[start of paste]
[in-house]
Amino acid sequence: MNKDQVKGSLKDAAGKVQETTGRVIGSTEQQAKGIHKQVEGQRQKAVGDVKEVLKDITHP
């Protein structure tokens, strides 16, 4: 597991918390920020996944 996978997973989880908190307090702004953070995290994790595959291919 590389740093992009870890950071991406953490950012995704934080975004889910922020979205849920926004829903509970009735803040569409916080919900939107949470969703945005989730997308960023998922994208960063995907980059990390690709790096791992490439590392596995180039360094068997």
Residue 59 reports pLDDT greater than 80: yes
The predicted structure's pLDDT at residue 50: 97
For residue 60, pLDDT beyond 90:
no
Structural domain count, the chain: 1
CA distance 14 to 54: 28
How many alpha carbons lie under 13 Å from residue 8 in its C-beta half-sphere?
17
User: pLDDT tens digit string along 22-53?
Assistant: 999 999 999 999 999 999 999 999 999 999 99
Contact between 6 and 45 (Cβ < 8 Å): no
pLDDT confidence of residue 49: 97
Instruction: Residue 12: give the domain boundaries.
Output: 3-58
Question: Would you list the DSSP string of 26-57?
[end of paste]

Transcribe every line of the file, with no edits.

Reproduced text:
[in-house]
Amino acid sequence: MNKDQVKGSLKDAAGKVQETTGRVIGSTEQQAKGIHKQVEGQRQKAVGDVKEVLKDITHP
């Protein structure tokens, strides 16, 4: 597991918390920020996944 996978997973989880908190307090702004953070995290994790595959291919 590389740093992009870890950071991406953490950012995704934080975004889910922020979205849920926004829903509970009735803040569409916080919900939107949470969703945005989730997308960023998922994208960063995907980059990390690709790096791992490439590392596995180039360094068997």
Residue 59 reports pLDDT greater than 80: yes
The predicted structure's pLDDT at residue 50: 97
For residue 60, pLDDT beyond 90:
no
Structural domain count, the chain: 1
CA distance 14 to 54: 28
How many alpha carbons lie under 13 Å from residue 8 in its C-beta half-sphere?
17
User: pLDDT tens digit string along 22-53?
Assistant: 999 999 999 999 999 999 999 999 999 999 99
Contact between 6 and 45 (Cβ < 8 Å): no
pLDDT confidence of residue 49: 97
Instruction: Residue 12: give the domain boundaries.
Output: 3-58
Question: Would you list the DSSP string of 26-57?